Comments from the last post amazingly kept creeping away from the initial topic of gay men’s addiction to crystal meth, and self-image issues, to meth labs and rural issues of drug use, despite Tricky’s attempts to point back to the issues in the blog.
First of all, I’d like to thank Michael (Tricky Tricot) for first posting the Village Voice article and his valiant attempts to clarify the issues. He has fast become my favorite blog to read for a number of reasons, and I have had personal correspondence with him over the last couple of days letting him know I am in total agreement with the ideas he has stated.
Second of all, I wanted to address some of the concepts of living as a gay man in this society. And I will speak only from my own personal experience. From the various comments, it is clear there are folks that have no clue of what it’s like, and others that are pretty clear about what they do and don’t understand.
There are a number of ways that I was barraged as a youth with messages saying that I wasn’t okay:
1. Personal attacks both verbal and physical
2. Generalized homophobia displayed by folks using words like fag, even when they meant it as just geeky or feminine
3. Institutional homophobia displayed by organizations like the catholic church and the government
Whether on the playground in grade school, or having folks yell “faggot” out their car window while passing a gay bar or physical attacks such as Matthew Shepherd (which happen a lot more than most folks will ever hear about), all these are very clear, and very direct messages that being different isn’t acceptable or sometimes isn’t even safe. I personally don’t think there is much that can be done about this except taking instances of ignorance as opportunities for education.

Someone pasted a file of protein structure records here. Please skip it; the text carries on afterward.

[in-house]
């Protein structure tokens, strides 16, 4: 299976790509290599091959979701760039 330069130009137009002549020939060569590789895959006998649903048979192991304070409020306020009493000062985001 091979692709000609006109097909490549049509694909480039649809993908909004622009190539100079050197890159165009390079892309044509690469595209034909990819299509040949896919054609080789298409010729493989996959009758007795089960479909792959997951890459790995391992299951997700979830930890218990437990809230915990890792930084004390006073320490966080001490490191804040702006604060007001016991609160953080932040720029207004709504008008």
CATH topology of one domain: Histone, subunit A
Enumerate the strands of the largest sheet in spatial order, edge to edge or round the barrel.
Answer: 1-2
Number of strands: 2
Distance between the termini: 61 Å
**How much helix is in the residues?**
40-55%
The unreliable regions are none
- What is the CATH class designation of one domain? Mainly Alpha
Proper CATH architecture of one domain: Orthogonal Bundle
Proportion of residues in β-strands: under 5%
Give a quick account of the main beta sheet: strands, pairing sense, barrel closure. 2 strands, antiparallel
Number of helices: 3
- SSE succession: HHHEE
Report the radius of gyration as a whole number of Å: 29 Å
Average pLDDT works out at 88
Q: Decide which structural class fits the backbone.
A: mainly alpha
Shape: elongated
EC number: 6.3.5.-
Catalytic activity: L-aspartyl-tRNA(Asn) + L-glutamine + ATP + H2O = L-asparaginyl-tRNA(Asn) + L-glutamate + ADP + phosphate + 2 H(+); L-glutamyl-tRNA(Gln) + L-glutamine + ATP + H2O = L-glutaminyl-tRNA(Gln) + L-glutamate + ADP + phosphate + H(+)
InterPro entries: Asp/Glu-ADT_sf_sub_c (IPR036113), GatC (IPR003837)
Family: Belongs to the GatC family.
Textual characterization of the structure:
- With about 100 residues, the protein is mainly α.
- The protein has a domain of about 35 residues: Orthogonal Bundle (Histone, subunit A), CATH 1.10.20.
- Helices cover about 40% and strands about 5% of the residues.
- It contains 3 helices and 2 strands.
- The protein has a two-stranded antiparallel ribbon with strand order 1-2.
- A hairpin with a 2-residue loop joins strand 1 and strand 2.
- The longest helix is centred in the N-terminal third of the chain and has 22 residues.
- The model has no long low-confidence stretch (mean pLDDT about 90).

Like Kathy, I found some of the comments about “being okay” very patronizing, but it’s hard to tell the tone of a message without hearing it directly from someone’s mouth. As mentioned in the Village Voice article, gay men are either ignored in the media, or shown very one-dimensionally. Even shows like Will & Grace, and Queer Eye For The Straight Guy reduce the humanity of gay men by using them as modern day minstrels.
When I hear gay-disparaging words, I have come to learn to quickly categorize them as either good-natured with no intention of hatred (you’d have to be a very close friend or gay yourself for me to hear it this way), ignorant (which is the opportunity for education) or hateful (which can sometimes be an opportunity for education, but usually is an indication to run away quickly).
When the cardinals in Rome send out missives indicating that gay men are less than in any way, it is a very powerful message. When principals of high schools allow physical and emotional abuse to continue based on a student’s actual or perceived sexuality, it sends a very powerful message. When corporations allow their married employees to take advantage of benefits that committed gay couples can’t, it sends a hurtful message. When the president of the United States says that he wants an amendment to our country’s constitution to specifically discriminate against gay men, it is a clear statement of how illegitimate we are in his eyes.
In those instances, I work to change where I can, support those institutions that embrace equality, and specifically withdraw my participation from those organizations that would have me be less than other (if I can).
I do believe that personal responsibility is a necessary component to recovery from any addiction. However, I think it’s also very important to know what factors were in place to make a person susceptible to addictive behavior.
I do blame homophobia in large part for the high numbers of alcohol, drug and sex addiction in the gay world. And I certainly see homophobia as a factor in all that I am today (including any addictive behavior), and to ignore that would be foolhardy. Taking responsibility for how I react to my environment is how I can recover into a more healthy human.
I have completed the collar and sewn up the shoulder seam and started the first sleeve of the wool/hemp pullover.
Pictures, and more knitting content in future blog entries.